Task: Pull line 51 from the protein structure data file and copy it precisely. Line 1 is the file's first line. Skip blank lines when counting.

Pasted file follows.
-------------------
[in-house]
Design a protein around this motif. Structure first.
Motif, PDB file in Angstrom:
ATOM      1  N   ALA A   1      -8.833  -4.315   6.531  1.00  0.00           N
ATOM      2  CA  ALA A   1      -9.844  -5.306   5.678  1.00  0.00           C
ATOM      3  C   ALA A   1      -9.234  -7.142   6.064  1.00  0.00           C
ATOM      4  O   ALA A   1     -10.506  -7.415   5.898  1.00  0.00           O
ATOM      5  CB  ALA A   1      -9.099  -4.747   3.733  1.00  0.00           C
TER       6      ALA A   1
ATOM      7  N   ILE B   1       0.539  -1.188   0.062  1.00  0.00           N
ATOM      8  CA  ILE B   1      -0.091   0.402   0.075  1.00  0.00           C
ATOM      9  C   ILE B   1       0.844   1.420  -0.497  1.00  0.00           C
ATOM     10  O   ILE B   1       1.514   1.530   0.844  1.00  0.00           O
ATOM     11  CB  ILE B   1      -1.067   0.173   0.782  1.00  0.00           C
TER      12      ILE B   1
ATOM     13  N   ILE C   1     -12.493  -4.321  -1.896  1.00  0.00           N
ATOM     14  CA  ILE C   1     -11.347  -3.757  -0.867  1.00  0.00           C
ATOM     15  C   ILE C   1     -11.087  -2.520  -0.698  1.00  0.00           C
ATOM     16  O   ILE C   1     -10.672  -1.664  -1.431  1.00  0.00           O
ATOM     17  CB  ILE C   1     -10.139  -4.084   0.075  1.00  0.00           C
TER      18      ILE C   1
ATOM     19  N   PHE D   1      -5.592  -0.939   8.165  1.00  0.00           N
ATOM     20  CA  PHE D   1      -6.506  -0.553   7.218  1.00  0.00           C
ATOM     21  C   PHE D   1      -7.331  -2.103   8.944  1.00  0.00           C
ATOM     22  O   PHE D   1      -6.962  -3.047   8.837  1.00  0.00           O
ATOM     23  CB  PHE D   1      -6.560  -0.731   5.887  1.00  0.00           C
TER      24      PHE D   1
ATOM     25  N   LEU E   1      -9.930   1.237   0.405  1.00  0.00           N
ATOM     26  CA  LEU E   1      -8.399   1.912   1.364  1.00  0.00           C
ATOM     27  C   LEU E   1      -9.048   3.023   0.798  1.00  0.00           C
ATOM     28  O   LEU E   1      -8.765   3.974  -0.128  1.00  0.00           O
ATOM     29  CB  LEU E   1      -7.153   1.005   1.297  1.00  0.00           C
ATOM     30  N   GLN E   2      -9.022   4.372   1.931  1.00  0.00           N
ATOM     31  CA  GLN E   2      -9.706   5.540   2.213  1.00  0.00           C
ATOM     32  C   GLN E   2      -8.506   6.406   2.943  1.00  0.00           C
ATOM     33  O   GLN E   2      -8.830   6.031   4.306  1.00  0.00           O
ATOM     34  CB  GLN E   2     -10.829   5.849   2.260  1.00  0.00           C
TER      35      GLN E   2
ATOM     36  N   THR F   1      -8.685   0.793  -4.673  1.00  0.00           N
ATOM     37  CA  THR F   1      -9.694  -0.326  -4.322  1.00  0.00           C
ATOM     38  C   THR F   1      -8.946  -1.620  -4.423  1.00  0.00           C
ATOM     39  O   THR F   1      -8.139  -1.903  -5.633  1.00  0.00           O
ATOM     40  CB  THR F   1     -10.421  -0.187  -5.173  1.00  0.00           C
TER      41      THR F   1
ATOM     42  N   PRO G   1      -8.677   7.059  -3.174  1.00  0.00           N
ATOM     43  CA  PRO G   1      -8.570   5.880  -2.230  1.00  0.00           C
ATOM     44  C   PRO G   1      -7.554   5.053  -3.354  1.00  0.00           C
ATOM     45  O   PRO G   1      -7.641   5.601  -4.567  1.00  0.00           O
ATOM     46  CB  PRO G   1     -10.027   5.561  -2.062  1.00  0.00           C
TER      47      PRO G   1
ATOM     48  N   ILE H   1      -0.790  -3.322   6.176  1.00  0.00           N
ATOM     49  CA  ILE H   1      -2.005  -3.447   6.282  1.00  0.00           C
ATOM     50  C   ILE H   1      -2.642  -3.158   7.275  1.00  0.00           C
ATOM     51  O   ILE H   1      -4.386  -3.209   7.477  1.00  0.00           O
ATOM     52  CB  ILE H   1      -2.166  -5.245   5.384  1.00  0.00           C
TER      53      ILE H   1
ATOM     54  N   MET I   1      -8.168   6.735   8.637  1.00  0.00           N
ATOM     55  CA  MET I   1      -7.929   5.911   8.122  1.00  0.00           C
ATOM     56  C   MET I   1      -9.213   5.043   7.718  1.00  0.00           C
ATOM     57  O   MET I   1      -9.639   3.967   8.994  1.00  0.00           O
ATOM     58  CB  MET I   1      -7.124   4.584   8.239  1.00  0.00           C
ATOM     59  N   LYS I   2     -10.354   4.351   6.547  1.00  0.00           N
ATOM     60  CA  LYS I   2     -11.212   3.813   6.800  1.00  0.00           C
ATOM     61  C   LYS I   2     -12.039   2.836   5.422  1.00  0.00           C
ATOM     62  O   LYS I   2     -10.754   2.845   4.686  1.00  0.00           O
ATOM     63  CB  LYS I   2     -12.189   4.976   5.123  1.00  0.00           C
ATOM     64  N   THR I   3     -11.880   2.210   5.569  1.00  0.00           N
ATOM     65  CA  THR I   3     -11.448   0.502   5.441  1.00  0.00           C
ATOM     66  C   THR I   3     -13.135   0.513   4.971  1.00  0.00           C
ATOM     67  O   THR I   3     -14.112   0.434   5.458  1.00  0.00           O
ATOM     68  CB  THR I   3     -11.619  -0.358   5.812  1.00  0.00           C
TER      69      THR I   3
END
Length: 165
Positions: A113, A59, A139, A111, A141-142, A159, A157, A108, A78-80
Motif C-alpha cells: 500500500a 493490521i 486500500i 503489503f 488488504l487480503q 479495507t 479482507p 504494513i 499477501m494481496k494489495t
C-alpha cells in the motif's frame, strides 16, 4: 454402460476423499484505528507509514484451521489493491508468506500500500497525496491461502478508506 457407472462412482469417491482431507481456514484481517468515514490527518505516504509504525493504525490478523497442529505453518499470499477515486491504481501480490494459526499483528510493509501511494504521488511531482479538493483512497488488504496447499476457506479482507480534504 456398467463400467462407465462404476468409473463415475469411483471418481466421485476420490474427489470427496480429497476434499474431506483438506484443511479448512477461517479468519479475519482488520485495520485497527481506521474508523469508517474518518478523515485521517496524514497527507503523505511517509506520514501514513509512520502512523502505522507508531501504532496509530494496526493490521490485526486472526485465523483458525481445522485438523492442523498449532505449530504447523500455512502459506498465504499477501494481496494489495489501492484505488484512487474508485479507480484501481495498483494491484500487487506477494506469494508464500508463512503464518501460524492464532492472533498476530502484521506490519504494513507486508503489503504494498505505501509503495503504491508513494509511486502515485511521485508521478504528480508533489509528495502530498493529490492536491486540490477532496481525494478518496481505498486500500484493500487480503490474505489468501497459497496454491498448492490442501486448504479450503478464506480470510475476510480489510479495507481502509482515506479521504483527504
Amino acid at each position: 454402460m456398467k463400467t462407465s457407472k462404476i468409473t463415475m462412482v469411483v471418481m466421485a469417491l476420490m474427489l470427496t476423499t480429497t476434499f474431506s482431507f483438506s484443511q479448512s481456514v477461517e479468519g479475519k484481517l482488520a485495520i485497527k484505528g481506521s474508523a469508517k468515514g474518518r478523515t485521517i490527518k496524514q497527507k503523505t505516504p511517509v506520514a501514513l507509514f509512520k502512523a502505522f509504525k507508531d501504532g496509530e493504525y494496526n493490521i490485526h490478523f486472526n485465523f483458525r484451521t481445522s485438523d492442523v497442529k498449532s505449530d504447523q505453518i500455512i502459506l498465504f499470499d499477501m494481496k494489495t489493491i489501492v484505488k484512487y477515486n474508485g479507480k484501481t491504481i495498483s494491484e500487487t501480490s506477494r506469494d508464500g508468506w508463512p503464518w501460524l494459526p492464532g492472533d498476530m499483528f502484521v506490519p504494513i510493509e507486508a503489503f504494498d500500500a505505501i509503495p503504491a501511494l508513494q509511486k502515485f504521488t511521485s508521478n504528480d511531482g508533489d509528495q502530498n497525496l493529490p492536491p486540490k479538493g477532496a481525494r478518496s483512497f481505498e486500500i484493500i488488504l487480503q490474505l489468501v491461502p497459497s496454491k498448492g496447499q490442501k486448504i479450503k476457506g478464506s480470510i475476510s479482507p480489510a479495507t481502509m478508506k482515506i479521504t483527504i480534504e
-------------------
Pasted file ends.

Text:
ATOM     48  N   ILE H   1      -0.790  -3.322   6.176  1.00  0.00           N